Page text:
# Is titration suitable for sodium nitrate?

Sep 10, 2015

Acid-base titration would not be suitable for $N a N {O}_{3}$.

#### Explanation:

The nitrate ion, $N {O}_{3}^{-}$, is a very weak base that would be protonated only under strongly acidic conditions. Therefore, acid-base titration would be an unsuitable method to analyze $N a N {O}_{3}$ solutions.

Sep 17, 2015

Maybe a redox titration, you'll probably need to heat the solution before doing it though.

#### Explanation:

As the previous answerer said, an acid base titration wouldn't be suitable for $N a N {O}_{3}$ if water is the solvent, as $N {O}_{3}^{-}$ is too weak a base to change the pH to make a titration suitable. The same goes for $N {a}^{+}$ but being too weak an acid.

$N {O}_{3}^{-}$ has no insoluble salts, or at least no common insoluble salts, so we can't do a precipitation titration either. $N {a}^{+}$ has this same trouble.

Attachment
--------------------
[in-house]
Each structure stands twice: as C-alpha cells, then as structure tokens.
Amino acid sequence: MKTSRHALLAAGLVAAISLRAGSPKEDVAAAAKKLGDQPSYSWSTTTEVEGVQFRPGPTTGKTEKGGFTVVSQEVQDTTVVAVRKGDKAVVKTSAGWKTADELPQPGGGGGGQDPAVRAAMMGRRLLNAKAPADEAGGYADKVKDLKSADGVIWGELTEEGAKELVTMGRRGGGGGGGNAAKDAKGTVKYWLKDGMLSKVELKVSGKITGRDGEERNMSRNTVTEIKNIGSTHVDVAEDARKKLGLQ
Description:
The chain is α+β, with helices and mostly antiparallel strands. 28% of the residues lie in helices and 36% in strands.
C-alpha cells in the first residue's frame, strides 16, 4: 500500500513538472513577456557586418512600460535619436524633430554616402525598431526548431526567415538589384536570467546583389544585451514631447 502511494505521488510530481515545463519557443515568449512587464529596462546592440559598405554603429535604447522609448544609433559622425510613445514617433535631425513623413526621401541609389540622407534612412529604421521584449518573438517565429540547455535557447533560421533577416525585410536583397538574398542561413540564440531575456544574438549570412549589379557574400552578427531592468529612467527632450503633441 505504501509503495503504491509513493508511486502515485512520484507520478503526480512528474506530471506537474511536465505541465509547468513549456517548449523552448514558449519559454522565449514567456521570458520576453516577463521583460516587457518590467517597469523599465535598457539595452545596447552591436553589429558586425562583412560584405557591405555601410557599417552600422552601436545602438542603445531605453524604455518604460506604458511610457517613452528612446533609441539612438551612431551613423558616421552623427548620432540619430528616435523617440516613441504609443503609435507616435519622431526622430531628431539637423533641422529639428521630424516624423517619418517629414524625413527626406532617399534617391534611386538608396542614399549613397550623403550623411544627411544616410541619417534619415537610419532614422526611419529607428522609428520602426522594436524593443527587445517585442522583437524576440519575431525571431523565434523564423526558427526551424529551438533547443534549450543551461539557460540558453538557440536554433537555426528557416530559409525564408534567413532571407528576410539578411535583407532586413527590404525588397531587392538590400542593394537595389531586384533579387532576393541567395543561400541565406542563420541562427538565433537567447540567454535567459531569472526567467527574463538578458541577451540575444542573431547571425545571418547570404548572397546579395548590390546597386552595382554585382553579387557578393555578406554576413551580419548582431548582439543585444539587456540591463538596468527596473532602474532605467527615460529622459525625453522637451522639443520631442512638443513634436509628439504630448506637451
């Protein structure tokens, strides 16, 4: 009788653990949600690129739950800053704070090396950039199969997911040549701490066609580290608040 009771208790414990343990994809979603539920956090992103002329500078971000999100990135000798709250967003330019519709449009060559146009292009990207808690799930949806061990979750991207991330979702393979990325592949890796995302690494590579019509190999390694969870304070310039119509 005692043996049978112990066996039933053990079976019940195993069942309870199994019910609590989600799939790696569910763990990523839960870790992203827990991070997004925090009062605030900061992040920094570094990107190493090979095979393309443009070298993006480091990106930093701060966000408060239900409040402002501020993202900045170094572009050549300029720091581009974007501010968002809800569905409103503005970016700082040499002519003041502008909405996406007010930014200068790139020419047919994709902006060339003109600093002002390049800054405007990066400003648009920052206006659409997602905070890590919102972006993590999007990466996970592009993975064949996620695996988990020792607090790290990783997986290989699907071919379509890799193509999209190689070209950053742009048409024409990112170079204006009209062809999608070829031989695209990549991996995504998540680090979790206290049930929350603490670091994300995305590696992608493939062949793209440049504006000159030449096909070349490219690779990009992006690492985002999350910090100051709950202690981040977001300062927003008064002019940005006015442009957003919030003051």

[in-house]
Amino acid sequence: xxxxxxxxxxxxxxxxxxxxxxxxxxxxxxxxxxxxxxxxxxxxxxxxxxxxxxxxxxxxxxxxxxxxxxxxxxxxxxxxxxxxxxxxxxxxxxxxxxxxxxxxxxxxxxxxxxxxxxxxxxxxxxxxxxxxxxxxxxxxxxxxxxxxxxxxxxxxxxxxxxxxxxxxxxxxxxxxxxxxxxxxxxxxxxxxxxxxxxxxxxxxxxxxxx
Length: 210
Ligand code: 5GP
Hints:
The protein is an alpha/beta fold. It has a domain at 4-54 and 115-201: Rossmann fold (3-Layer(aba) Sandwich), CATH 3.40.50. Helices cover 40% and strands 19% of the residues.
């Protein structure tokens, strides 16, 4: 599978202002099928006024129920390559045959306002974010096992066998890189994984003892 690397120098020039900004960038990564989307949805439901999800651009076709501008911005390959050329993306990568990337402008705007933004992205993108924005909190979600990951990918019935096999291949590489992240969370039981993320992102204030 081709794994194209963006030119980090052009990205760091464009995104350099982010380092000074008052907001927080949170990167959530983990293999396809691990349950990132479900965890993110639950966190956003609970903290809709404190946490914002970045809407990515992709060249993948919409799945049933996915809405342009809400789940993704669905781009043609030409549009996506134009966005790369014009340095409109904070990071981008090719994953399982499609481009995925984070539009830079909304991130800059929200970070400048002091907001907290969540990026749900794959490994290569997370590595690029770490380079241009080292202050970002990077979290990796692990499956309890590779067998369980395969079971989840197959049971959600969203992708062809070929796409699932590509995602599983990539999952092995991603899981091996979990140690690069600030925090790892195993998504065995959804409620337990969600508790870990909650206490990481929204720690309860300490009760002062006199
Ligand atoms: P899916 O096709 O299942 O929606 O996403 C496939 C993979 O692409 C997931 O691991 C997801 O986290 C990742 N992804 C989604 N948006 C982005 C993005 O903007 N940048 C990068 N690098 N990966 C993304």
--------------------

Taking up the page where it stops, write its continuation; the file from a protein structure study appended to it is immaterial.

$N {O}_{3}^{-}$ isn't a good coordinating agent so a complexation titration isn't viable either. There is a complexating agent for $N {a}^{+}$ and other alkali metals, but it's rarely used and expensive so it isn't worth considering.

$N {a}^{+}$ won't reduce to $N {a}^{0}$ easily, and if it does it'll react with water violently so it isn't a good idea to do it either.
$N {O}_{3}^{-}$ does have a redox reaction though,

$N {O}_{3}^{-} + 3 {H}^{+} + 2 {e}^{-} \leftrightarrow H N {O}_{2} + {H}_{2} O$ ${E}_{red}^{0} = 0 , 94$

Which could theoretically be coupled with ${I}^{-}$ to produce ${I}_{3}^{-}$ which can then be titrated with ${S}_{2} {O}_{3}^{-} 2$.

$3 {I}^{-} \leftrightarrow {I}_{3}^{-} + 2 {e}^{-}$ ${E}_{\odot x}^{0} = - 0 , 536$

That being said, I'm not sure if the $\Delta E$ would be big enough outside of standard conditions.

${E}^{0}$ values copied from Skoog's fundamentals of Analytic Chemistry